Fractal Markets Hypothesis (FMH) Definition
Fractal Markets Hypothesis (FMH) is an investment theory that serves as an alternative to the popular Efficient Market Hypothesis (EMH). FPH differs from EMH in the sense that it predicts and explains market behavior by factoring fractals, chaos, crises, and crashes in the market.
Fractal Markets Hypothesis (FMH) is a new capital-market theory that was developed in 1991 by Edgal Peters. FMH takes into account the daily randomness experienced in the market and other turbulence such as crashes.
A Little More on What is Fractal Markets Hypothesis (FMH)
Fractal Markets Hypothesis (FMH) uses traditional quantitative methods and other theories to explain the behaviors on investors and market participants when there are chaos and anomalies in the market. As a new capital-market theory, FMH also gives a vivid explanation of market behaviors prevalent in periods of booms and crises.
The Fractal market hypothesis uses fractals and other chaos theories to explain the behaviors of the stock market given the daily randomness and turbulence. Due to the movement of stock prices in fractals (fragments), and the repeatable attributes of fractals, FMH analyzes and gives explanation to stock market trends.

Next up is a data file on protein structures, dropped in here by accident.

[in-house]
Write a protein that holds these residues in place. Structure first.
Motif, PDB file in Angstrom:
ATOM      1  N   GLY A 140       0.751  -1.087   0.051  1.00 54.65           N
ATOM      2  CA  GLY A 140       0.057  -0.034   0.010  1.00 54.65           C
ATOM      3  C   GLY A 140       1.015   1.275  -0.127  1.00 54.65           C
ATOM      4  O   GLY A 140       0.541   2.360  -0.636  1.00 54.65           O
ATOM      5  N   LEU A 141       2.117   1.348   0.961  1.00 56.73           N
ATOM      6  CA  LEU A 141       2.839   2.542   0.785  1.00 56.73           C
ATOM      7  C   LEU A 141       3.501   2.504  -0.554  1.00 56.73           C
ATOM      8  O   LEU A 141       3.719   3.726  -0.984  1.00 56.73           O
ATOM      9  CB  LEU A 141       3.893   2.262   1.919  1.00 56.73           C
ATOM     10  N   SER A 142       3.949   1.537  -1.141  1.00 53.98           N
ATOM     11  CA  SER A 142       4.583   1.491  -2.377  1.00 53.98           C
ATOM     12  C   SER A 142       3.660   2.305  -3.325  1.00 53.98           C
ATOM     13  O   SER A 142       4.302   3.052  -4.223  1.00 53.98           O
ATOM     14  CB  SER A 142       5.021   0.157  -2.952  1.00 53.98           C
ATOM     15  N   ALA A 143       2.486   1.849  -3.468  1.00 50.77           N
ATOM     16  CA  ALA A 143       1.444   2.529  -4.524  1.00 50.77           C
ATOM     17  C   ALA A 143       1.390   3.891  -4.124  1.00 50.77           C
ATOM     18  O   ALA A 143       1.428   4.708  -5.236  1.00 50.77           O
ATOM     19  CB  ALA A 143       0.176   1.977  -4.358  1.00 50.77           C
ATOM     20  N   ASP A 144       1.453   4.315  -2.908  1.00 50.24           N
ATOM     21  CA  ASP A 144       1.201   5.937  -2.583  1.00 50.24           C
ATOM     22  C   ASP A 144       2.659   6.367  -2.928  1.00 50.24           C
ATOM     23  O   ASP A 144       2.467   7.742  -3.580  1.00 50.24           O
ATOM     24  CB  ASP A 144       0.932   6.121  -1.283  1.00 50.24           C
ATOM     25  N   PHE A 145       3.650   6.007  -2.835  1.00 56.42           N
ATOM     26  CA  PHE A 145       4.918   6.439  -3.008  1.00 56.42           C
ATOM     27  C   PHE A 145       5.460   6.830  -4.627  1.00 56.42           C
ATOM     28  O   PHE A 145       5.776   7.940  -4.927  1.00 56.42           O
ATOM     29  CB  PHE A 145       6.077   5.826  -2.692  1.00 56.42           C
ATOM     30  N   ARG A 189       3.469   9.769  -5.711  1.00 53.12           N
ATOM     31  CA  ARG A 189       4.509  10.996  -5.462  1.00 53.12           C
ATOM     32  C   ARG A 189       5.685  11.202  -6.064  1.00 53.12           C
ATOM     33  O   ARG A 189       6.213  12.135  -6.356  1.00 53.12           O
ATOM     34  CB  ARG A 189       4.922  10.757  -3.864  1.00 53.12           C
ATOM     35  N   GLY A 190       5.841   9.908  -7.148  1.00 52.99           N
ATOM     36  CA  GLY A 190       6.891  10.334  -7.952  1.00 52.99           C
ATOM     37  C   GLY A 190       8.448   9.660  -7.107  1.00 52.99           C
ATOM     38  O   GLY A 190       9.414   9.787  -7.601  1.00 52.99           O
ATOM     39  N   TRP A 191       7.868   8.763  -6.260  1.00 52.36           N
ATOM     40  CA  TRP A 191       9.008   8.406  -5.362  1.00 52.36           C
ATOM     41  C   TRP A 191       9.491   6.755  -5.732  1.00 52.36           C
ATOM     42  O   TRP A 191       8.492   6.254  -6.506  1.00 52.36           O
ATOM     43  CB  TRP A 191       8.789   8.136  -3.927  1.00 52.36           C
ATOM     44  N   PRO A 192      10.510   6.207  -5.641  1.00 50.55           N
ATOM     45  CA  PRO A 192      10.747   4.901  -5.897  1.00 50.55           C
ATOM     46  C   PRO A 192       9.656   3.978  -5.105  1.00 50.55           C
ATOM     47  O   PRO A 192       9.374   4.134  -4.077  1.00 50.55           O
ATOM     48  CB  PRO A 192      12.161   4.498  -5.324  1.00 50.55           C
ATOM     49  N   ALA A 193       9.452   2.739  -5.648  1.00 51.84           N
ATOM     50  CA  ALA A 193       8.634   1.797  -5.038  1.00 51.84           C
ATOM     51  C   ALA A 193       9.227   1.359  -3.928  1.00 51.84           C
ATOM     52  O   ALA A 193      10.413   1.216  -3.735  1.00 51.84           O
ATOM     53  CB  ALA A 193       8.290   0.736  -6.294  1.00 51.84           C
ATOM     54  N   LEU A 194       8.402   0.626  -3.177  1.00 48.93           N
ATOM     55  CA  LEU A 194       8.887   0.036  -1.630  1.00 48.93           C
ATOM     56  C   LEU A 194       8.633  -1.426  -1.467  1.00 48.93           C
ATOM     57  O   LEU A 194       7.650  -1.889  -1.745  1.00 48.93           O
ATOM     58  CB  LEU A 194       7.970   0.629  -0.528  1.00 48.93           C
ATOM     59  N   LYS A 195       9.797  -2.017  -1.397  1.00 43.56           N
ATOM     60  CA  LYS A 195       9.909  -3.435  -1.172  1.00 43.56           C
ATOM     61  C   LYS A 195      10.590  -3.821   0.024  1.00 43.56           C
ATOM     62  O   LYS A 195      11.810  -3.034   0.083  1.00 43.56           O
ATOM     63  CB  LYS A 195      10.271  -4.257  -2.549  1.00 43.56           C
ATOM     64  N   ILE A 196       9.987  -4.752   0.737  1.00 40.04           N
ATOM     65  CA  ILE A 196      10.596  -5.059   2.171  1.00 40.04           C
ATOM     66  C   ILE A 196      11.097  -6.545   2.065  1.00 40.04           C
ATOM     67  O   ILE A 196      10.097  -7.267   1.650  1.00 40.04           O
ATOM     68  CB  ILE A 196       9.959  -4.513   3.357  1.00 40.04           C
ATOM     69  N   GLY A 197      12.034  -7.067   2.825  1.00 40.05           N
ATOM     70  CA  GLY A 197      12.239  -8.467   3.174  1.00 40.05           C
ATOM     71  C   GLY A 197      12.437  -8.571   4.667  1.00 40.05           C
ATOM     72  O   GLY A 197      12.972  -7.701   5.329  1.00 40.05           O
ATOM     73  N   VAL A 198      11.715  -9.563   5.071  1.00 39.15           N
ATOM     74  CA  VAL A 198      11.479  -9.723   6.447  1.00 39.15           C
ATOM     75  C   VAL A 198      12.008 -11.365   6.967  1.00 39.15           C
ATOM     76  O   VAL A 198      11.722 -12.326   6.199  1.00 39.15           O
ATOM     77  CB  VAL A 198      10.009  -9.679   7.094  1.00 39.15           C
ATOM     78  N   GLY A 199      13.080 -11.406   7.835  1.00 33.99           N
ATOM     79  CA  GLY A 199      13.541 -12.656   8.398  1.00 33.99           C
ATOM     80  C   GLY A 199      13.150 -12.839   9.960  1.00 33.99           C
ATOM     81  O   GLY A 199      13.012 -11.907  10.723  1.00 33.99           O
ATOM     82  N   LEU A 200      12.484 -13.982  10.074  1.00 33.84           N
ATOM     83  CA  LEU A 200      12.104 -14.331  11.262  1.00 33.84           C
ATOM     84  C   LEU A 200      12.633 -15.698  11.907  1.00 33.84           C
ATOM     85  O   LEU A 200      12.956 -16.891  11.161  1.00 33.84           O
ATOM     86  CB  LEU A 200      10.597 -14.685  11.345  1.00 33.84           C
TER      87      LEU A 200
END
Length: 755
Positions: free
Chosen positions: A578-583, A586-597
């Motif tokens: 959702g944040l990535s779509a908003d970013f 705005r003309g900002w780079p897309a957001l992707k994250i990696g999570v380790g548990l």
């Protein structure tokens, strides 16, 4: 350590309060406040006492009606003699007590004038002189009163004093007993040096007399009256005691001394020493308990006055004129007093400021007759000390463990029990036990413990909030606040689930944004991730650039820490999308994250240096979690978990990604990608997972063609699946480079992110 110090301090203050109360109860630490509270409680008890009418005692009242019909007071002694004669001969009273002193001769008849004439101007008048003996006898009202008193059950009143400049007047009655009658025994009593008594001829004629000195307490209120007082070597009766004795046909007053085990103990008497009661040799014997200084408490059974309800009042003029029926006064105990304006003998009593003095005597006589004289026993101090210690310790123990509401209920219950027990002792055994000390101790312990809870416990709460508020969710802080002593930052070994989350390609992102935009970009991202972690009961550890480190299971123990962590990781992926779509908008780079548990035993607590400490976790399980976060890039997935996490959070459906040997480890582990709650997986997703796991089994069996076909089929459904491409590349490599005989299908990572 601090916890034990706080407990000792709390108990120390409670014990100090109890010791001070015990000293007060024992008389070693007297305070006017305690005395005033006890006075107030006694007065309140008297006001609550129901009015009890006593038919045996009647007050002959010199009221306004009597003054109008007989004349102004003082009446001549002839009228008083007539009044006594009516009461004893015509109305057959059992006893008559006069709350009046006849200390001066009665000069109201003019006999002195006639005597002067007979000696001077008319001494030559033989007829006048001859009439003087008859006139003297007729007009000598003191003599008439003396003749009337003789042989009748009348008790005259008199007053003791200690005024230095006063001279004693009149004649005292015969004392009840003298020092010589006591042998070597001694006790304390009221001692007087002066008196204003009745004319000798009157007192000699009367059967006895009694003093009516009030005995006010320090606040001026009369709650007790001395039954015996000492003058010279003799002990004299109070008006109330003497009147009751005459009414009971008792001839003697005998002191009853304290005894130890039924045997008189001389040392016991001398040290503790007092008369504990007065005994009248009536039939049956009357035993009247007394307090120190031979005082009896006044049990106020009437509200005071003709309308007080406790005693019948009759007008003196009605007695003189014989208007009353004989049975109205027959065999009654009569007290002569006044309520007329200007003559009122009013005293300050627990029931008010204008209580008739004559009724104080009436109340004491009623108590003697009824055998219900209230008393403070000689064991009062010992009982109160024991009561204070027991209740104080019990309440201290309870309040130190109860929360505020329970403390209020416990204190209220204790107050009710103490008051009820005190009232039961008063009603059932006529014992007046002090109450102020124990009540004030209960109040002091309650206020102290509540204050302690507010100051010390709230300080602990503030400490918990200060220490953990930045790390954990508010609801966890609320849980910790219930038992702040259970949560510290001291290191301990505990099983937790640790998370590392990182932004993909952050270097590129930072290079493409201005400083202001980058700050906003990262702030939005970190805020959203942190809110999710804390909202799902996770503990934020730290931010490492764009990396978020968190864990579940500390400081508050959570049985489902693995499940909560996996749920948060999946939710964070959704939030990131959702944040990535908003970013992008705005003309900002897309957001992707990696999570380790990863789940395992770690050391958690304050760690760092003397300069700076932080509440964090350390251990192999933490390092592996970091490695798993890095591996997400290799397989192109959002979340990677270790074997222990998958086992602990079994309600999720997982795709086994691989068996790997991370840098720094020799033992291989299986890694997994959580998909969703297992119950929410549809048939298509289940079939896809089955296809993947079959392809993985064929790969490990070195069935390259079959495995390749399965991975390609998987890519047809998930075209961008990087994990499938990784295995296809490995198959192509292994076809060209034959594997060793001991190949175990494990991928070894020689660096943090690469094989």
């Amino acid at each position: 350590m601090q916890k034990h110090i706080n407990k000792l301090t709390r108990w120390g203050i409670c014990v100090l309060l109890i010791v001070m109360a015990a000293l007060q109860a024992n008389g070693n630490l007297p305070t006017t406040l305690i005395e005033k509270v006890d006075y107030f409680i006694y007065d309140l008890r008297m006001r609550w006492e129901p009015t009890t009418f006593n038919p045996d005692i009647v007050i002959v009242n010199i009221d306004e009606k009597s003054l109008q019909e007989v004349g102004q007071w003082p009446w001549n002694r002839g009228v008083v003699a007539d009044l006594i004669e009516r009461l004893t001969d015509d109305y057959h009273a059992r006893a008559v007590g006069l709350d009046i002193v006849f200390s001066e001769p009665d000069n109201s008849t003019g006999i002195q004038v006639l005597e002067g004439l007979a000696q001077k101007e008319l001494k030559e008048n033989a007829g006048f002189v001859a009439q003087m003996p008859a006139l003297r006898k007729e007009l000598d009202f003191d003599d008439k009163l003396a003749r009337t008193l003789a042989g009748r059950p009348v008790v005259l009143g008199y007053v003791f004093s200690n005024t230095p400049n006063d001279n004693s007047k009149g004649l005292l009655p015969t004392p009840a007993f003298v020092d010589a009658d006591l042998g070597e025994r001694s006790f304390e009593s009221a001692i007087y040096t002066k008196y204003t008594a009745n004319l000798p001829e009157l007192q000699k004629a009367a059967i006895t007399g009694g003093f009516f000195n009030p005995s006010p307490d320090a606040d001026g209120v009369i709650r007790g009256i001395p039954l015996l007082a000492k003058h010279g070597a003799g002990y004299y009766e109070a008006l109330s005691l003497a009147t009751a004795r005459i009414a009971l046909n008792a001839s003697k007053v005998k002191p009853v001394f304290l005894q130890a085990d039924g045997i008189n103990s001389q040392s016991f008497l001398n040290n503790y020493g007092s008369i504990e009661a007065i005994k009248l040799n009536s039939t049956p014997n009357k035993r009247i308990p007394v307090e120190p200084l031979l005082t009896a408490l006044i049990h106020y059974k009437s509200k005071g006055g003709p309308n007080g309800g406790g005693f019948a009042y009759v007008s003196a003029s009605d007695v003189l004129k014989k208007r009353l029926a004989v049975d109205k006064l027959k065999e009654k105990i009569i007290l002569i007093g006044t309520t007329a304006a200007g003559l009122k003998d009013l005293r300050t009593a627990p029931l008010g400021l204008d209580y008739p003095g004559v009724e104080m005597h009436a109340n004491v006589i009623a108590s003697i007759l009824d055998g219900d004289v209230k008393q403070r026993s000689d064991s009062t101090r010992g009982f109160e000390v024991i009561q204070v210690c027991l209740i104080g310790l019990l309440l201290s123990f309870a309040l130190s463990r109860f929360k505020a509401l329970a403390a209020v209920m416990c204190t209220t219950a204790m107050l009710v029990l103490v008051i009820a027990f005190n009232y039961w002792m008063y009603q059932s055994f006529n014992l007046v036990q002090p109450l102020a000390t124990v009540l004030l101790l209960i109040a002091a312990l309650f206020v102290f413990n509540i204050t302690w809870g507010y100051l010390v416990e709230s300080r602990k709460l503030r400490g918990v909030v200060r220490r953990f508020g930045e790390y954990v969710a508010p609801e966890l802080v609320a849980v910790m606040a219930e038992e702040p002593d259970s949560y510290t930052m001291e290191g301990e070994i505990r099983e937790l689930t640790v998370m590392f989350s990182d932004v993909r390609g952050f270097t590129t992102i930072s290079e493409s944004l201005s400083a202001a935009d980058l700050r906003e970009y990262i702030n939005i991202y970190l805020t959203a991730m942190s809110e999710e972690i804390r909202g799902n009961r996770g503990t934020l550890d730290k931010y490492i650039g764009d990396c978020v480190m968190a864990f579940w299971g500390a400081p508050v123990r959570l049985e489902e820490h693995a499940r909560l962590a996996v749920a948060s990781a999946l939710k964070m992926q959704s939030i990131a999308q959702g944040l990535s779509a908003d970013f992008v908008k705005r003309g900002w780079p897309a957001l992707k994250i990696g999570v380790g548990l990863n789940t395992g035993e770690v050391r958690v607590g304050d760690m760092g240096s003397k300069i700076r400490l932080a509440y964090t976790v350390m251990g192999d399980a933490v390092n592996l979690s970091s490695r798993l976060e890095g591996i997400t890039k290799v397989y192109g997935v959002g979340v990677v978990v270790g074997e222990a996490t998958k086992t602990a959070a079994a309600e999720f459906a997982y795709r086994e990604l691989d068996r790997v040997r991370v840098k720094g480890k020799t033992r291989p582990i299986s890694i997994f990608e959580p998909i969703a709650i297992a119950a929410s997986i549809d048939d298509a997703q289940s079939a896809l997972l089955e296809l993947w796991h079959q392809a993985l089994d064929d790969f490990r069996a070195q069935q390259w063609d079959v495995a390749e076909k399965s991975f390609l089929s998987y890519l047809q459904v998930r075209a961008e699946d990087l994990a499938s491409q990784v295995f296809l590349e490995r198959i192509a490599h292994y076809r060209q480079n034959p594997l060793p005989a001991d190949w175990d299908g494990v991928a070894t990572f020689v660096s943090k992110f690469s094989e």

How Fractal Market Hypothesis Works
Generally, the stock market becomes largely unstable during bearish trends, due to the reaction of investors to price movements in this period, market inefficiency occurs. The Fractal Market Hypothesis seeks to explain the behaviors of investors in all market conditions, including when there is a boom or bust in the market. FMH analyzes investor behaviors both when the market is stable and unstable. This hypothesis also analyses the trend in which a pattern is repeated in the market, whether weekly, monthly or a longer period.